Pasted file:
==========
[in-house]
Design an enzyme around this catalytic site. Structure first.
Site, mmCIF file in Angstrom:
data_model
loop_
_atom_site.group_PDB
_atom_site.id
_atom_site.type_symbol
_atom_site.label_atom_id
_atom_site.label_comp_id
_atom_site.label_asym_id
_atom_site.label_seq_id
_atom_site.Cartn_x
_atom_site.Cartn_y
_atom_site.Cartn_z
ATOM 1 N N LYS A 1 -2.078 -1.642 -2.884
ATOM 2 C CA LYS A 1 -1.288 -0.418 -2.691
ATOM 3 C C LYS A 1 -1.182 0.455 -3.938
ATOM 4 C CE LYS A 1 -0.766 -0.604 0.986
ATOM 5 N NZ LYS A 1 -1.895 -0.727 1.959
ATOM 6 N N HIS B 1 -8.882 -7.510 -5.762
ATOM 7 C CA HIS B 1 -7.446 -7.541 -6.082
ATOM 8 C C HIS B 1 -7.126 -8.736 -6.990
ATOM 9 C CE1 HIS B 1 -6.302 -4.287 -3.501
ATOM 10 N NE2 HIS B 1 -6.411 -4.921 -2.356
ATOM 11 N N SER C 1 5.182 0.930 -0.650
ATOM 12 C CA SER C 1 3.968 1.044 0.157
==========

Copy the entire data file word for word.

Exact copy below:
[in-house]
Design an enzyme around this catalytic site. Structure first.
Site, mmCIF file in Angstrom:
data_model
loop_
_atom_site.group_PDB
_atom_site.id
_atom_site.type_symbol
_atom_site.label_atom_id
_atom_site.label_comp_id
_atom_site.label_asym_id
_atom_site.label_seq_id
_atom_site.Cartn_x
_atom_site.Cartn_y
_atom_site.Cartn_z
ATOM 1 N N LYS A 1 -2.078 -1.642 -2.884
ATOM 2 C CA LYS A 1 -1.288 -0.418 -2.691
ATOM 3 C C LYS A 1 -1.182 0.455 -3.938
ATOM 4 C CE LYS A 1 -0.766 -0.604 0.986
ATOM 5 N NZ LYS A 1 -1.895 -0.727 1.959
ATOM 6 N N HIS B 1 -8.882 -7.510 -5.762
ATOM 7 C CA HIS B 1 -7.446 -7.541 -6.082
ATOM 8 C C HIS B 1 -7.126 -8.736 -6.990
ATOM 9 C CE1 HIS B 1 -6.302 -4.287 -3.501
ATOM 10 N NE2 HIS B 1 -6.411 -4.921 -2.356
ATOM 11 N N SER C 1 5.182 0.930 -0.650
ATOM 12 C CA SER C 1 3.968 1.044 0.157